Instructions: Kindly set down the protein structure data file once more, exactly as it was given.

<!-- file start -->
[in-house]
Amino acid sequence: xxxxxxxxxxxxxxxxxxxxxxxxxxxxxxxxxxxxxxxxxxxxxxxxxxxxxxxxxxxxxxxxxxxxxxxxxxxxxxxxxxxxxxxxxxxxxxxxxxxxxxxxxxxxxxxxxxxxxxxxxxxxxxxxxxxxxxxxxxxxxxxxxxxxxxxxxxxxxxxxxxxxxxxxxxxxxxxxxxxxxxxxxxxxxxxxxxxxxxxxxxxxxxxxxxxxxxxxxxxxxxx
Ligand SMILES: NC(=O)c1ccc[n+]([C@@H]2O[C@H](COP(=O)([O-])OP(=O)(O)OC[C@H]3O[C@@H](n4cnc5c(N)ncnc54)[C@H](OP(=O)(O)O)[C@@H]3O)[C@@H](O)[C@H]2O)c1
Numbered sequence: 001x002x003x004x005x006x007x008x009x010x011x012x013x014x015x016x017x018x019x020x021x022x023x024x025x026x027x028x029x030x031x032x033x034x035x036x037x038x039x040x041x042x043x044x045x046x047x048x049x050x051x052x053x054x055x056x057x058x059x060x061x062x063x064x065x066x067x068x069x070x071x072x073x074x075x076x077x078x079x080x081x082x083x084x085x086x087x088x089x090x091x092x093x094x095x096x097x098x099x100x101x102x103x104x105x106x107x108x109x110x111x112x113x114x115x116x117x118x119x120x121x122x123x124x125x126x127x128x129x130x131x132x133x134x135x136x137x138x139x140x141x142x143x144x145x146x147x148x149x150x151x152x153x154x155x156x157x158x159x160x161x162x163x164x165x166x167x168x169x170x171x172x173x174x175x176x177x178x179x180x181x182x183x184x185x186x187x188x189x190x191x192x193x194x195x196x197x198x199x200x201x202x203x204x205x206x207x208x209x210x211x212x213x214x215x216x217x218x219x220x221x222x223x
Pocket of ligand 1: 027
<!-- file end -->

[in-house]
Amino acid sequence: xxxxxxxxxxxxxxxxxxxxxxxxxxxxxxxxxxxxxxxxxxxxxxxxxxxxxxxxxxxxxxxxxxxxxxxxxxxxxxxxxxxxxxxxxxxxxxxxxxxxxxxxxxxxxxxxxxxxxxxxxxxxxxxxxxxxxxxxxxxxxxxxxxxxxxxxxxxxxxxxxxxxxxxxxxxxxxxxxxxxxxxxxxxxxxxxxxxxxxxxxxxxxxxxxxxxxxxxxxxxxxx
Ligand SMILES: NC(=O)c1ccc[n+]([C@@H]2O[C@H](COP(=O)([O-])OP(=O)(O)OC[C@H]3O[C@@H](n4cnc5c(N)ncnc54)[C@H](OP(=O)(O)O)[C@@H]3O)[C@@H](O)[C@H]2O)c1
Numbered sequence: 001x002x003x004x005x006x007x008x009x010x011x012x013x014x015x016x017x018x019x020x021x022x023x024x025x026x027x028x029x030x031x032x033x034x035x036x037x038x039x040x041x042x043x044x045x046x047x048x049x050x051x052x053x054x055x056x057x058x059x060x061x062x063x064x065x066x067x068x069x070x071x072x073x074x075x076x077x078x079x080x081x082x083x084x085x086x087x088x089x090x091x092x093x094x095x096x097x098x099x100x101x102x103x104x105x106x107x108x109x110x111x112x113x114x115x116x117x118x119x120x121x122x123x124x125x126x127x128x129x130x131x132x133x134x135x136x137x138x139x140x141x142x143x144x145x146x147x148x149x150x151x152x153x154x155x156x157x158x159x160x161x162x163x164x165x166x167x168x169x170x171x172x173x174x175x176x177x178x179x180x181x182x183x184x185x186x187x188x189x190x191x192x193x194x195x196x197x198x199x200x201x202x203x204x205x206x207x208x209x210x211x212x213x214x215x216x217x218x219x220x221x222x223x
Pocket of ligand 1: 027